Castles in Dordogne

A favourite tourism destination of the French and foreigners alike, few places in France offer such a romantic and beautiful view of the country.

The Dordogne is in southwest France and occupies a picturesque location between the Loire Valley and Pyrenees Mountains. There’s history at every corner, and usually a good traditional restaurant not far from that same corner as well.

Among the vineyards, forests, and rolling hills, there are several fortified towns also known as bastides. And of course, with that, comes castles. In this post, we’ll take a look at some of the most interesting and beautiful castles in Dordogne. 

You can also see the map here

17 Castles to Visit in Dordogne

1. Château de Castelnau-Bretenoux

First on our list is one of the finest examples of medieval architecture in the Dordogne. Although construction began around the year 1100, it was modified and upgraded during the 15th century, perfectly primed for defending its position.

It was taken by England in the Hundred Years’ War in 1159 but returned to the barons of Castelnau after that. The castle sits atop a hill with incredible views of the Dordogne valley. It is recognisable by its characteristic red stone.

A fire in 1851 severely damaged the castle, but it was restored to its former glory by a French opera singer, Jean Mouliérat. The chateau is a great day trip from Toulouse or Limoges.

Where: Prudhomat
When: Around the 12th century
Open for Visit: Yes, check here for more information.

2. Château de Montal

The Château de Montal is unusual as it was built according to the specifications of a woman – Jeanne de Balsac, the lady of Montal. The castle was completed in the early 16th century but fell into disrepair after her death as it wasn’t fully complete.

It was fully restored in 2016 and opened to the public. Visitors can take guided tours of the castle to see the art collection and learn its history; they can also take a wander around the French hedge garden.

Where: Saint Jean Lespinasse
When: 16th century
Open for Visit: Yes, check here for more information.

3. Château de Rocamadour

Known as a vertical village, Château de Rocamadour is one of the most evocative and impressive castles in Dordogne. Its spectacular location on a cliffside over the Alzou Valley is enough to blow the mind.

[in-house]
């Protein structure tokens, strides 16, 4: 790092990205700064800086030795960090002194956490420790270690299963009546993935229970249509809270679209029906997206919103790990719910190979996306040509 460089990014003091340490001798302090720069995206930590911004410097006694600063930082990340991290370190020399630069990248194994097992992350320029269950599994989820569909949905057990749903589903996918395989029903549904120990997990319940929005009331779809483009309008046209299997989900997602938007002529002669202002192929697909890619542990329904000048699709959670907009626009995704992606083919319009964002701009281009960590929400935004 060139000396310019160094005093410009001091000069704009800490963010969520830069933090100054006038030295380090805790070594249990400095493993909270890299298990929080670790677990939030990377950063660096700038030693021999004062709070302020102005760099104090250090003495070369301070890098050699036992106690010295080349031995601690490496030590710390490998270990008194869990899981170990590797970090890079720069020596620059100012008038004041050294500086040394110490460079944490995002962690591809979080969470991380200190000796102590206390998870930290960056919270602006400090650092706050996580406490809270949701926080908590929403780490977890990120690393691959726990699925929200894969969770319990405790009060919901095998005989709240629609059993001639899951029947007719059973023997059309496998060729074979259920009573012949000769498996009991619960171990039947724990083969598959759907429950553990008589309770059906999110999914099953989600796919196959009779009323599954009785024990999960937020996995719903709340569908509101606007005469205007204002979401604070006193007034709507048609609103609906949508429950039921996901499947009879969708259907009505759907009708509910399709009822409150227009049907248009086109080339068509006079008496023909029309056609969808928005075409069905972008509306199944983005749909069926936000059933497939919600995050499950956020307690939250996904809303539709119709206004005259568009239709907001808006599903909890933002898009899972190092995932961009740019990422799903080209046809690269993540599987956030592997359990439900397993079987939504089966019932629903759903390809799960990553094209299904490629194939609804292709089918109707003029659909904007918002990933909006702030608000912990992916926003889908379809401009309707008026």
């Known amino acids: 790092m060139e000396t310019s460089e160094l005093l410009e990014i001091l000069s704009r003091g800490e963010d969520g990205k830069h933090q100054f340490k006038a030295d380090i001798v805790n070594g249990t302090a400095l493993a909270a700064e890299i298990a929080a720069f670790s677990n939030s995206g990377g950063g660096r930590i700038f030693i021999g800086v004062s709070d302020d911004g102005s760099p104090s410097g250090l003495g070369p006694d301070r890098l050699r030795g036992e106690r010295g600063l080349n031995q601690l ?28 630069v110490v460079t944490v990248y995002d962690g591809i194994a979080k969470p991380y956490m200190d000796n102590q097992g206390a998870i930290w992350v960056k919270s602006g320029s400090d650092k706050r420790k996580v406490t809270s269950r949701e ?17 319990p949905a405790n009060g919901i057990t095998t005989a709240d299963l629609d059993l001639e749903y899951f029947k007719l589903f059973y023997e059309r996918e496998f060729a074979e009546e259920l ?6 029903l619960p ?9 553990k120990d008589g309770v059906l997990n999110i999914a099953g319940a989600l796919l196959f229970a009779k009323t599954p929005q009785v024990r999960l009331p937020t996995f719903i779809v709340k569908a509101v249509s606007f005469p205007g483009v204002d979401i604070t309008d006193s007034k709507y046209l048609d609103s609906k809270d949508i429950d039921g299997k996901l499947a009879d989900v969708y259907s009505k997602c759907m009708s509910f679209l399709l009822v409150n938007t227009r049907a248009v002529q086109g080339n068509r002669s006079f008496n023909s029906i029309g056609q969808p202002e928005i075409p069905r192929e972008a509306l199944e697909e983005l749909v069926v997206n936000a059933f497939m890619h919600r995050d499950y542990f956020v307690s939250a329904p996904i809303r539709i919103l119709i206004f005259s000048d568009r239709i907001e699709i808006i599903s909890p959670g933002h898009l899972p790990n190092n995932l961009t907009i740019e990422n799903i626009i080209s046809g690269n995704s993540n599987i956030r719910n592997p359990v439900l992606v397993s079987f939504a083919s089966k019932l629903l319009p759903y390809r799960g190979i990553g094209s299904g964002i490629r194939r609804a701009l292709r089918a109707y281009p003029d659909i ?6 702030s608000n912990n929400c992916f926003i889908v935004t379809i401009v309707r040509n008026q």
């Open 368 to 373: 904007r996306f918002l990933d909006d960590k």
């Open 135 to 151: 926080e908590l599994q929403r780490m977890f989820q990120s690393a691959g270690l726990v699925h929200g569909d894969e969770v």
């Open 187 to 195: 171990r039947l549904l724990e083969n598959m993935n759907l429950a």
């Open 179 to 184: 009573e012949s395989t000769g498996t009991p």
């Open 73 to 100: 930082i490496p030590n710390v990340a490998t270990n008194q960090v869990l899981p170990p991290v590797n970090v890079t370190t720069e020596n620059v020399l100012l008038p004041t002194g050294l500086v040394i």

The Sacred City is a UNESCO World Heritage Site, and it’s part of the Camino de Santiago (Way of St James). As well as the castle, there’s a stunning chapel and Romanesque-Gothic basilica.

While Château de Rocamadour is impressive, you’ll want to spend a whole day getting to know the village that surrounds it.

Where: Rocamadour
When: 12th century
Open for Visit: Yes

4. Château de Belcastel

With a commanding view over the Aveyron River, the Château de Belcastel is a medieval fortress built on the remains of a 9th-century chapel.

The village was listed as one of the most beautiful villages in France, and it was restored alongside the castle in the 20th century. Visitors can see the courtyards and galleries of the castle on a self-guided tour.

Where: Belcastel
When: 13th century
Open for Visit: Yes, check here for more information.

5. Château de Beynac

One of the best-preserved fortresses near Perigord, Château de Beynac is perched on a cliff by the Dordogne River. Richard the Lionheart, the once king of England, ruled this place. It’s built opposite the Château of Castelnaud, the French castle which opposed the English occupation.

The 12th-century keep is designed in Romanesque style, and you can reach it along by a set of circular stone stairs. Peer out over the village and watch the canoes passing by along the serene river.

Where: Beynac et Cazenac
When: 12th century
Open for visit: Yes, check here for more information.

6. Château des Milandes

Château des Milandes is another beautiful castle in Castelnaud la Chappelle, but this one is a bit more modern. The castle and gardens are from the French Renaissance in the 15th century, initially built by the Lord of Castelnaud to please his wife.

The castle has become more famous recently for being the home of legendary artist Josephine Baker. There’s a brasserie, bird of prey show, and stunning gardens to explore.

Where: Castelnaud la Chappelle
When: 15th century
Open for Visit: Yes, check here for more information.

7. Château de Val

Set on a peninsula stretching out into a lake, Château de Val is a unique Dordogne Castle. You’ll have to cross a narrow causeway to get over to its pepperpot-roofed towers. The fairy tale castle only becomes more magical at night; it is lit up at dusk in the summer.

Where: Lanobre
When: 13th century
Style: Gothic
Open for visit: Yes, check here for more information.

8. Chateau de Commarque

Despite the castle dating back to the 12th century, Château de Commarque was only rediscovered in the 1970s before being renovated by Hubert de Commarque.

The remains of the Oven House and Buttress House Tower are still intact, as well as the keep, which you can climb for great views. It’s not just the castle that is interesting here; there is evidence that people lived here long before it was constructed, with cave drawings on-site and Troglodyte dwellings.

Where: Les Eyzies de Tayac Sirueil
When: 12th century
Open for Visit: Yes. Check here for more information.

9. Gageac Castle